Summer is synonymous with baseball. From little league to church leagues, people are swinging the bat and taking to the mound pretty seriously. As school ends and local high schools are dominating State Championship titles, our town has many great baseball players already, never mind its history of greats. Simply put, the National Baseball Hall of Fame and Museum in Cooperstown, New York boasts a Babe Ruth Room, but Fayetteville pays homage to the baseball legend where he hit his first home run.
To commemorate the 100th anniversary of the home run last March, several community organizations came together to host a number of special events, including a re-dedication of the Babe Ruth historic highway marker and two Vintage baseball games. If you have not ventured down to see the marker and perhaps take a photo next to it, the marker is at the intersection of Gillespie Street and Southern Avenue, in front of the NCDOT facility.
The player's historical "first" took place on March 7, 1914, here in Fayetteville, during an intrasquad game in which he played shortstop. Ruth's first "official" home run came on September 5, 1914 for the Providence Greys of the International League, where the Red Sox had sent him for more seasoning the month before. The Orioles sold Ruth to the Boston Red Sox on July 9, 1914 along with two other players as part of a fire sale by team owner Jack Dunn, who found himself in financial straits when the presence of a Baltimore franchise in the new Federal League obliterated the Orioles’ attendance.
Ruth then made his major league debut at Fenway Park on July 11, 1914 as a starting pitcher. He pitched seven innings for the win but was 0-for-2 at the plate, striking out against Cleveland lefty Willie Mitchell in his first major league at-bat.
History in the making
George Herman Ruth Jr., born on February 6, 1895 in Baltimore, is known for his slugging records and left handed pitching feats. Had George, Jr. been raised in a traditional family home, chances are he might have missed his destiny. Known for being a hellion at age 7, Ruth’s parents thought it best to send him away to St. Mary’s Industrial School for Boys, a Catholic orphanage and reformatory where he was listed as incorrigible. It was there that Brother Mathias, a monk, introduced Ruth to the game. Later at the school Ruth caught the eye of Jack Dunn, the owner of the minor league Baltimore Orioles, and the rest, as they say, is history.
Only true fans know how he acquired his nickname, which was actually only one of many: Bambino, Jack Dunn’s Baby, Dunn’s New Babe, Babe, The Great Bambino, The Sultan of Swat and Bam.
As I dug into some of Babe Ruth’s history, I was surprised to learn that an early female player carved out a little corner of history for herself after striking out “Babe” in 1931. Jackie Mitchell, a 17-year-old southpaw who pitched against the New York Yankees on April 2, 1931. The first batter she faced was Ruth, followed by Lou Gehrig, the deadliest hitting duo in baseball history. Mitchell struck them both out. There was a box score to prove it and news stories proclaiming her “organized baseball’s first girl pitcher.” Perhaps if it happened in 2014, the headline would read “Babe vs. a Babe.”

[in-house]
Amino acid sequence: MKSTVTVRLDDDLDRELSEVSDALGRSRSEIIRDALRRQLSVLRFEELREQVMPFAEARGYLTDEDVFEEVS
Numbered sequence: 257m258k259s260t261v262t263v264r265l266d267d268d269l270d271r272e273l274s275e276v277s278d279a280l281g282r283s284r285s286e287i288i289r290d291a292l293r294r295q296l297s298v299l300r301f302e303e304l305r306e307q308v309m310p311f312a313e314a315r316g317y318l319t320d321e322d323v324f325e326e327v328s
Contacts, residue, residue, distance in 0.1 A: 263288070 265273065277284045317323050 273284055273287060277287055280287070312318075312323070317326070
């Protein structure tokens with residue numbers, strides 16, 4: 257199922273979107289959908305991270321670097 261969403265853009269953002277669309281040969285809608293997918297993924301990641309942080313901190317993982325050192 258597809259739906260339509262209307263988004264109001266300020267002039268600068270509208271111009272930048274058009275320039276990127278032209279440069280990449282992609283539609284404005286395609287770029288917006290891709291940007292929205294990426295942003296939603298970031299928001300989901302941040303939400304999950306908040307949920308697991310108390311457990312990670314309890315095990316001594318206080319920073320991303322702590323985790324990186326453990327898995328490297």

Congratulations to the boys team at Freedom Christian Academy on winning the NCISAA 1-A title and finishing third in the state.
In the Mid South Conference our top four ranked teams in this order were: Cape Fear 22-2, Pine Forest, 16-7, Jack Britt 15-10, and South View 11-13.
Conference baseball team:
Player of the year
Trey Jacobs, South View High School
Pitcher of the year
Justin Huggins, Cape Fear High School
Coach of the year
Tom Willoughby, Pine Forest High School
Cape Fear: Austin Davis,
Chipper Cashwell, Davis Cass,
Pine Forest: Grant Bennett, J.T. Stone, Jonathan Moore, Cobie Vance, Christian Austin
South View: Austin Fuentes, Tommy McMaster, C.J. Tew
Jack Britt: John Ortiz, Cameron Locklear, D.J. Bishop, Kyle Kennedy
Seventy-First: Kevin Ayala,
E.E. Smith: Joan Martinez, Nigel McCauley
Looking to immerse the kids or grandkids in some baseball and other sports history? The Museum of the Cape Fear is partnering with the Fayetteville Area Transportation and Local History Museum to present an ongoing exhibit titled Sports in the Sandhills.
Terrmel Sledge was born on Friday, March 18, 1977, in Fayetteville, North Carolina. Sledge was 27-years-old when he broke into the big leagues on April 6, 2004, with the Montreal Expos.
Sterling Hitchcock was born on Thursday, April 29, 1971, in Fayetteville, North Carolina. Hitchcock was 21-years-old when he broke into the big leagues on September 11, 1992, with the New York Yankees.
Alex Cole was born on Tuesday, August 17, 1965, in Fayetteville, North Carolina. Cole was 24-years-old when he broke into the big leagues on July 27, 1990, with the Cleveland Indians.
Mark Mercer was born on Saturday, May 22, 1954, in Fort Bragg, North Carolina. Mercer was 27-years-old when he broke into the big leagues on September 1, 1981, with the Texas Rangers.
Cal Koonce was born on Monday, November 18, 1940, in Fayetteville, North Carolina. Koonce was 21-years-old when he broke into the big leagues on April 14, 1962, with the Chicago Cubs.
Harry Hedgpeth was born on Tuesday, September 4, 1888, in Fayetteville, North Carolina. Hedgpeth was 25-years-old when he broke into the big leagues on October 3, 1913, with the Washington Senators.
Moonlight Graham was born on Monday, November 12, 1877, in Fayetteville, North Carolina. Graham was 27-years-old when he broke into the big leagues on June 29, 1905, with the New York Giants.
Murphy Currie was born on Thursday, August 31, 1893, in Fayetteville, North Carolina. Currie was 23-years-old when he broke into the big leagues on August 31, 1916, with the St. Louis Cardinals.